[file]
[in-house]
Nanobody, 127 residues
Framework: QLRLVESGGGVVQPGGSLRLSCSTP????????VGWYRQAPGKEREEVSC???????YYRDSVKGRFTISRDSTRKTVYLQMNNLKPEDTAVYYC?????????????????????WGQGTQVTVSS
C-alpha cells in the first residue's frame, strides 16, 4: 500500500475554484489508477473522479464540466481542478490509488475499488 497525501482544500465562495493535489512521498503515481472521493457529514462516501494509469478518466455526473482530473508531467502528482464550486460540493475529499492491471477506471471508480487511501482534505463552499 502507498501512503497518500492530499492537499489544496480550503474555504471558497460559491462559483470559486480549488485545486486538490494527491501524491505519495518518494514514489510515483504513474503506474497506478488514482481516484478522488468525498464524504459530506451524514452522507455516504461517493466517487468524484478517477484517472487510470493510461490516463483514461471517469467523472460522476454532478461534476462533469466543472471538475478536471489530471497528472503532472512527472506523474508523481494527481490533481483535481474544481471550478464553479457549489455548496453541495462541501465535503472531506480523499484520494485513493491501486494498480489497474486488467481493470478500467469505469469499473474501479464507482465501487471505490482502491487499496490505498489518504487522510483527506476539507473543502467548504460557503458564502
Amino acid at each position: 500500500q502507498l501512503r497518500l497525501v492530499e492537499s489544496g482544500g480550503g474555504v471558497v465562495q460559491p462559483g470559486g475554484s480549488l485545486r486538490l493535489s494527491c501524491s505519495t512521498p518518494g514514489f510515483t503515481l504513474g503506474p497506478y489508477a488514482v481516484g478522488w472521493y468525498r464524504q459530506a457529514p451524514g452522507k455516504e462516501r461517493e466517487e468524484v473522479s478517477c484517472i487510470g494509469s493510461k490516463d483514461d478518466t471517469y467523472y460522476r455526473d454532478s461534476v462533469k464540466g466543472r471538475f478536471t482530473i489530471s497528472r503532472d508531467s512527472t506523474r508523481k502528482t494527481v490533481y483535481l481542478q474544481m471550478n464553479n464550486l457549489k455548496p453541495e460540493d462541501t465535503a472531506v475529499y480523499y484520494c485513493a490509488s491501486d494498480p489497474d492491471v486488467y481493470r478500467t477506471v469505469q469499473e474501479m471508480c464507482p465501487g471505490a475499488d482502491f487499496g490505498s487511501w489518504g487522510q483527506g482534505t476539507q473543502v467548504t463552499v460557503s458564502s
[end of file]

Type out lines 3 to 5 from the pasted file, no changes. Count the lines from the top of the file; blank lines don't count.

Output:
Framework: QLRLVESGGGVVQPGGSLRLSCSTP????????VGWYRQAPGKEREEVSC???????YYRDSVKGRFTISRDSTRKTVYLQMNNLKPEDTAVYYC?????????????????????WGQGTQVTVSS
C-alpha cells in the first residue's frame, strides 16, 4: 500500500475554484489508477473522479464540466481542478490509488475499488 497525501482544500465562495493535489512521498503515481472521493457529514462516501494509469478518466455526473482530473508531467502528482464550486460540493475529499492491471477506471471508480487511501482534505463552499 502507498501512503497518500492530499492537499489544496480550503474555504471558497460559491462559483470559486480549488485545486486538490494527491501524491505519495518518494514514489510515483504513474503506474497506478488514482481516484478522488468525498464524504459530506451524514452522507455516504461517493466517487468524484478517477484517472487510470493510461490516463483514461471517469467523472460522476454532478461534476462533469466543472471538475478536471489530471497528472503532472512527472506523474508523481494527481490533481483535481474544481471550478464553479457549489455548496453541495462541501465535503472531506480523499484520494485513493491501486494498480489497474486488467481493470478500467469505469469499473474501479464507482465501487471505490482502491487499496490505498489518504487522510483527506476539507473543502467548504460557503458564502
Amino acid at each position: 500500500q502507498l501512503r497518500l497525501v492530499e492537499s489544496g482544500g480550503g474555504v471558497v465562495q460559491p462559483g470559486g475554484s480549488l485545486r486538490l493535489s494527491c501524491s505519495t512521498p518518494g514514489f510515483t503515481l504513474g503506474p497506478y489508477a488514482v481516484g478522488w472521493y468525498r464524504q459530506a457529514p451524514g452522507k455516504e462516501r461517493e466517487e468524484v473522479s478517477c484517472i487510470g494509469s493510461k490516463d483514461d478518466t471517469y467523472y460522476r455526473d454532478s461534476v462533469k464540466g466543472r471538475f478536471t482530473i489530471s497528472r503532472d508531467s512527472t506523474r508523481k502528482t494527481v490533481y483535481l481542478q474544481m471550478n464553479n464550486l457549489k455548496p453541495e460540493d462541501t465535503a472531506v475529499y480523499y484520494c485513493a490509488s491501486d494498480p489497474d492491471v486488467y481493470r478500467t477506471v469505469q469499473e474501479m471508480c464507482p465501487g471505490a475499488d482502491f487499496g490505498s487511501w489518504g487522510q483527506g482534505t476539507q473543502v467548504t463552499v460557503s458564502s